We got enough rain that the grass is greening up, but a lot of people have been feeding hay. Without rain we haven’t had grass and these cows just keep on chewing.
We finally got some rain. We got a little over 3 inches here at the home farm and in some places we got 6 inches. Then we got another nine tenths. It was remarkable how quickly it all went away. We were on the path for an early harvest, but the rain combined with the cool temperatures have slowed things down. We are now maybe 2 weeks or 10 days away from both corn and soybean harvest. We have some early planted corn down to 25% moisture.
We have a lot of beans that were still all green and we think the rain can help fill some of those pods. We have some corn that is still green and it may help there too. Typically we start harvest with beans, and in a perfect world, we would do all our beans before we switch to corn. This year, though, we have an early corn hybrid so we may be switching back and forth between corn and beans as we need. This is one of the few years we have had corn this early and we will definitely be going back and forth to keep things rolling.
The week before it rained, we were very dry and it was unbelievable how quickly things were dying. We have had hit or miss rains all summer.
The last market report was surprising because they already lowered the yield numbers. Beans have gained on price in the last month and corn has been up as well. We have made some sales and we are a little more optimistic about maybe making a little more profit this year.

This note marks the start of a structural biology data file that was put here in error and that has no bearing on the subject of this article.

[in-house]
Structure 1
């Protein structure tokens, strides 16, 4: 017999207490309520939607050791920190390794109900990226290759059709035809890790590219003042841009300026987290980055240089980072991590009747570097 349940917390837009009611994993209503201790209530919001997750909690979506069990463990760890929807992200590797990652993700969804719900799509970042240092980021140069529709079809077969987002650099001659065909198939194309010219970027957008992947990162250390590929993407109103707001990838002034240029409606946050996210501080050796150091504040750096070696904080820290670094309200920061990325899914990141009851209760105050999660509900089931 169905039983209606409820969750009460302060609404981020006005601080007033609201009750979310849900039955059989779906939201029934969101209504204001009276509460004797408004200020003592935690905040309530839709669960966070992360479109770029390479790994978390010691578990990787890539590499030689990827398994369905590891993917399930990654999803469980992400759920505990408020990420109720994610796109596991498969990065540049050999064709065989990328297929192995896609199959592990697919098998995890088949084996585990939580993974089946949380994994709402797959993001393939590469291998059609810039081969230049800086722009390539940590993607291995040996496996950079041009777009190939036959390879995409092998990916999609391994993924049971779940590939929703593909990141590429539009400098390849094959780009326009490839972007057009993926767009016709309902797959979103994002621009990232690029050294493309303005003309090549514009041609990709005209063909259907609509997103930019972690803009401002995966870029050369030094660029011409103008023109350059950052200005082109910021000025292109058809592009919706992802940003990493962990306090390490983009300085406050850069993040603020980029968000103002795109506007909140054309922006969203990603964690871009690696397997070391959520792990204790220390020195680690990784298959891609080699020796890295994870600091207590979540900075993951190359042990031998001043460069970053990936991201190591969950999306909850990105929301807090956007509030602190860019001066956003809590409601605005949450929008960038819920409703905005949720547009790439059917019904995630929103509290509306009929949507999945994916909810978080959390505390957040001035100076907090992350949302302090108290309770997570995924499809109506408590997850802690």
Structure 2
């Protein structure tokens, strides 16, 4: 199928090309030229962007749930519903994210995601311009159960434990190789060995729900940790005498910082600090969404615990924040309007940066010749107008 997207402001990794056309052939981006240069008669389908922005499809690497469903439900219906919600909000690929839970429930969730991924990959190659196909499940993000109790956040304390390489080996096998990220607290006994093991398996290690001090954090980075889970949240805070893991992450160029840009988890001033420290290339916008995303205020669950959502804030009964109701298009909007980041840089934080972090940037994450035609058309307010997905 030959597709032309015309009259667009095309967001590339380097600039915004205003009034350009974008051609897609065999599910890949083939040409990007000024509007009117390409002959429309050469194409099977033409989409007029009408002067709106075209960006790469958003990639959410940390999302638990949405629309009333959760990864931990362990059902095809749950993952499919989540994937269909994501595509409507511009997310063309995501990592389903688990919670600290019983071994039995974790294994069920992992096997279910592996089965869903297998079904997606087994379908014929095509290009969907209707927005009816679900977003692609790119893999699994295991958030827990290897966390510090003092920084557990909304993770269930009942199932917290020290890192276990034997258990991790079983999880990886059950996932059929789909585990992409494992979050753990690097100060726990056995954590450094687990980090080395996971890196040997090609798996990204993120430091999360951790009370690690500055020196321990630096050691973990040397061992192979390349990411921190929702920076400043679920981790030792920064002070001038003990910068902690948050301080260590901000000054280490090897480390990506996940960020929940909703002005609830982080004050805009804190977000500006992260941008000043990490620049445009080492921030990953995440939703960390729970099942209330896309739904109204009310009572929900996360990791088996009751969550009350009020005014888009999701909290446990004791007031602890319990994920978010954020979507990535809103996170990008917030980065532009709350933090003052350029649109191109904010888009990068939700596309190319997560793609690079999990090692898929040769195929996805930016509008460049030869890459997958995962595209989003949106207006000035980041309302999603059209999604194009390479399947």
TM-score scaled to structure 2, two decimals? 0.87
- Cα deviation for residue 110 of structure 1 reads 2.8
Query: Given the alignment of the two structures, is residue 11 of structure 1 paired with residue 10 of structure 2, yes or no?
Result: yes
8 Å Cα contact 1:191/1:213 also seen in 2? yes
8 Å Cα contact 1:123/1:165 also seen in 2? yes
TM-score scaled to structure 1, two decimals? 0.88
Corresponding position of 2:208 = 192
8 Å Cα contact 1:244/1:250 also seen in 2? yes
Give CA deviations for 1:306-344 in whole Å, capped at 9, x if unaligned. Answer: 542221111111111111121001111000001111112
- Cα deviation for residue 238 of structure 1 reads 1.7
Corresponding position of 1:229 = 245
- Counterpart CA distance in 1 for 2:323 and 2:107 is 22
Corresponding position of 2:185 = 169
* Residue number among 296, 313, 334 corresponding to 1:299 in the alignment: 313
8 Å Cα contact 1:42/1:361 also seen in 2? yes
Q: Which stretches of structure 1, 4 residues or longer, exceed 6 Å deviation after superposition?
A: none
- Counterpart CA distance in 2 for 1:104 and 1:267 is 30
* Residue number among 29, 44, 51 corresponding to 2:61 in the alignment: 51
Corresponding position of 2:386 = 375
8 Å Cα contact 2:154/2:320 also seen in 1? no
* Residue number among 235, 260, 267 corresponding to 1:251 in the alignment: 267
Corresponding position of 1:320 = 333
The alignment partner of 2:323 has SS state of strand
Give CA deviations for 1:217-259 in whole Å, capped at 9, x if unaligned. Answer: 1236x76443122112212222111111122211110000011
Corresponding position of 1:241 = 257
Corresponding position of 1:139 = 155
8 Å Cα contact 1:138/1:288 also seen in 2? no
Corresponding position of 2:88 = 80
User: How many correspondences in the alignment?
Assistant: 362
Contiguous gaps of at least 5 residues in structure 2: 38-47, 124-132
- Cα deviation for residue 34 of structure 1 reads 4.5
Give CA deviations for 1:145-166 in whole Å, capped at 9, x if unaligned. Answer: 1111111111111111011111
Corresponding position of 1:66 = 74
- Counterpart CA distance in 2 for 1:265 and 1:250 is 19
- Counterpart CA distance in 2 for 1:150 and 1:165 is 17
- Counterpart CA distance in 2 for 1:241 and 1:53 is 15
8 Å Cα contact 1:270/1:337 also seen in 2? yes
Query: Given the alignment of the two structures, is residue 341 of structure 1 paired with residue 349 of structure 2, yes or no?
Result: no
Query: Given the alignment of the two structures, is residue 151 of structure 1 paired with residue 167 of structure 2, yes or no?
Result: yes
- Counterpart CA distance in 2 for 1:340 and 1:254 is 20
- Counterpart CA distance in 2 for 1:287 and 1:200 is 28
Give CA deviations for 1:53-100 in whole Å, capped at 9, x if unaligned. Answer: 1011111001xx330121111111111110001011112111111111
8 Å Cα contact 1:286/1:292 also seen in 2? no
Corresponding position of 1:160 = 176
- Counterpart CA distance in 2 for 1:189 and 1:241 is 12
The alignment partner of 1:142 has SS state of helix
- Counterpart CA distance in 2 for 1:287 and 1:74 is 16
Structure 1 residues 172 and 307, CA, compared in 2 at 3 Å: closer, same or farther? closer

Now we are finally catching the rains but I don’t think it has done any good for our corn. I hope some of the later maturity beans are taking advantage of it.
I think we’ll start to see some harvest getting started around here later this week. We had a neighbor who tried some soybeans on Saturday and they were at 16% moisture. He decided to give it a little bit longer. I don’t know if we’ll see much this week, but I think definitely by next week and maybe even later this week we’ll get started.
The corn stalks out there seem to be holding up pretty well so far, especially considering what the crop went through this year. I think we got just enough Band-Aid rains through the growing season that they have not cannibalized the stalks too much. It seems to be holding up halfway decent. We did find some tip-back on some ears that we do not like to see, but it is still standing well.
We have been doing hand-shelling moisture checks and the lowest we have found is 24% moisture, so we’ll let the corn keep drying with the nice weather forecast this week.
We have some 2.0 maturity beans planted with the intent of getting them harvested and getting some wheat planted. After we get a couple hundred acres of that done we’ll either continue with beans if it stays fit or we’ll switch the combine over and do corn if we can’t do beans.
We got our tile project wrapped up on Friday and got a little rain over the weekend to kind of settle things. We have that done and now we are rapid-pace trying to get all of our harvest prep done.